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Promoting integrity in crisis situations

Wednesday, 02 September 2020
This is an opinion article by an external contributor. The views belong to the writer.

Food prices have risen sharply in Belgium when compared to the summer of last year: + 13% for fresh fruit, + 6% for fresh vegetables, + 5.6% for pork. Even those who have been preserved from the economic consequences of the measures taken to fight the coronavirus are beginning to feel them in a tangible way. With an increased risk of fraud in companies, and of criminality in general, but also of discrimination, to the detriment of the most vulnerable.

The first economic assessments of the impact of the crisis are not encouraging. While the National Bank of Belgium has calculated that for low wage levels, the loss of net income related to temporary unemployment for force majeure is very low on an annual basis, or even non-existent in some cases, according to its calculations there is a loss of tangible net income for middle to high wage levels. Not to mention the self-employed in the worst affected sectors and the workers losing their job. There is permanent damage to our economy: structural rise in unemployment, bankruptcies, and decline in trade.

If we remember the theory of the fraud triangle developed by criminologist Donald Cressey, there are three factors that contribute to the triggering of fraud: external pressure, e.g. maintaining a lifestyle with a lower income; the opportunity, e.g. less controls, or modified – we can think of teleworking; rationalization, or the justification of one’s actions, e.g. by feeling the victim of circumstances. Whether in business or in society, new frauds have emerged, and in some countries, criminal activity has refocused on new targets.

Corruption is not just an exotic scourge

If there is one type of fraud that both businesses and society should fear developing in such circumstances, it is the many forms of corruption. There are of course bribes and embezzlement, but above all there is cronyism and influence peddling. When employment or business opportunities become scarce, the temptation to reserve them for one’s network is much stronger. Even if it is illegal to handicap hiring by origin, gender or age, it could become even more difficult for some to access suitable employment.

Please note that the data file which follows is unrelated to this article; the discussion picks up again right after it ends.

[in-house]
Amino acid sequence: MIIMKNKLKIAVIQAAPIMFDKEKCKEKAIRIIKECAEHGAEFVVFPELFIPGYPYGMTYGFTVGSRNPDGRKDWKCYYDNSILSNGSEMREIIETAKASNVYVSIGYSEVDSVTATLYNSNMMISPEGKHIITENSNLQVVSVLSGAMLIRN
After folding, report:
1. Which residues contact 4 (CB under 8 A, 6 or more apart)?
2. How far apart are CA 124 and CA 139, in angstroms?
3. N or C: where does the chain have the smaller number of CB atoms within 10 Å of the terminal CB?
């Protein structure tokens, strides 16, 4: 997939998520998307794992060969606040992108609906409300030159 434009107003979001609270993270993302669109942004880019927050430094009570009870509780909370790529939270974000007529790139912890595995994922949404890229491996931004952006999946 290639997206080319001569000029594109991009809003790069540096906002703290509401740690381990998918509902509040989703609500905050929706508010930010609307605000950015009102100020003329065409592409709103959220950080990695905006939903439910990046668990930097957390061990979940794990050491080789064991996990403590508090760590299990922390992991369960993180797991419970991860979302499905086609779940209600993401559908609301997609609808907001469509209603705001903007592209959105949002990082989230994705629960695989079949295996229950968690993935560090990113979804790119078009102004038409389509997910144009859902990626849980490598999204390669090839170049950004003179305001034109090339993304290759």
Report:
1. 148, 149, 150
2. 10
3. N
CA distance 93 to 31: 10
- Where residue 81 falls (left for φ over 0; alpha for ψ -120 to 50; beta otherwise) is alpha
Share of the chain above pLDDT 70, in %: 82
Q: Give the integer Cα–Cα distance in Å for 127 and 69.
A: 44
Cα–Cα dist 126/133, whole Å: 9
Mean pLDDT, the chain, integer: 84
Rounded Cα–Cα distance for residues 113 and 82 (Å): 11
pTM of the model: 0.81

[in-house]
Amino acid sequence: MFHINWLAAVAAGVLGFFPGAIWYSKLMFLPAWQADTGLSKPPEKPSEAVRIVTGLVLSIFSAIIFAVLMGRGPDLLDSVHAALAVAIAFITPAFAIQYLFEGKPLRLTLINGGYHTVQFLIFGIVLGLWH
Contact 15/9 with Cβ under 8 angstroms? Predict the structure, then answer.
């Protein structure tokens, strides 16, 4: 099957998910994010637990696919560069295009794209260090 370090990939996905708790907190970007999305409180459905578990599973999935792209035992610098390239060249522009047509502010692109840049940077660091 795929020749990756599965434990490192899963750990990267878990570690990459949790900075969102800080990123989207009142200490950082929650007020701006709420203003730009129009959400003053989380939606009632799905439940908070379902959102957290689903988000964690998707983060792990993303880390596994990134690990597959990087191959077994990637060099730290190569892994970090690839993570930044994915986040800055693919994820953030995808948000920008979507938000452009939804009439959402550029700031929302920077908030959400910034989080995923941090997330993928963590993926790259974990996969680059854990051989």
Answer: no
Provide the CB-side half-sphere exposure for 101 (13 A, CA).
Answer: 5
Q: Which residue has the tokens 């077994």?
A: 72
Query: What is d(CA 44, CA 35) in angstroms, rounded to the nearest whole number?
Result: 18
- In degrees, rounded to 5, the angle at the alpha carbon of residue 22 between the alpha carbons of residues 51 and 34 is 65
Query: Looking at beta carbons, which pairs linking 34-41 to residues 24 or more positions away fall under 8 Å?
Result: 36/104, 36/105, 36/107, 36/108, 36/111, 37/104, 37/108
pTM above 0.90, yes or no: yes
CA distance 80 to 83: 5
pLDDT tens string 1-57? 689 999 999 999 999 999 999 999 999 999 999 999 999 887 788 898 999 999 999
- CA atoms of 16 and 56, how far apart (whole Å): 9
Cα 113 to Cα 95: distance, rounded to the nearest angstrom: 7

While the law protects against discrimination, a certain culture of opacity can hinder access to employment and to a whole range of services for those who have not acquired influence and privileges by fortune, family or connections. While all forms of corruption are bad for society in general, corruption often hits already marginalized groups the hardest by exacerbating inequalities and skewing the distribution of resources. For the benefit of those who have the best connections, and to the detriment of those who have less easy access to justice.

Companies can, when they want, adapt or develop their compliance programs to mitigate internal and external fraud risks, and try to re-prioritize these risks according to the period. So, when the supply chain is disrupted by mobility restrictions, they may pay extra attention to due diligence on any new supplier (KYS) or customer (KYC). Or make sure that a compliance or legal expert is part of any crisis management team.

Integrity generates trust

But both society in general and businesses should also think about not doing without the promotion of the highest ethical values. Honest practices, which tend to participate in the collective effort, for the benefit of the greatest number, will be a necessary foundation to keep us afloat. A concern for transparency and pledges of probity will be more beneficial in facing the challenges of the crisis than the law of the jungle. Without a minimum of trust in the system of our governance and our economy, often undermined by certain media and social networks, the recovery is even more complicated.

Mathieu Maes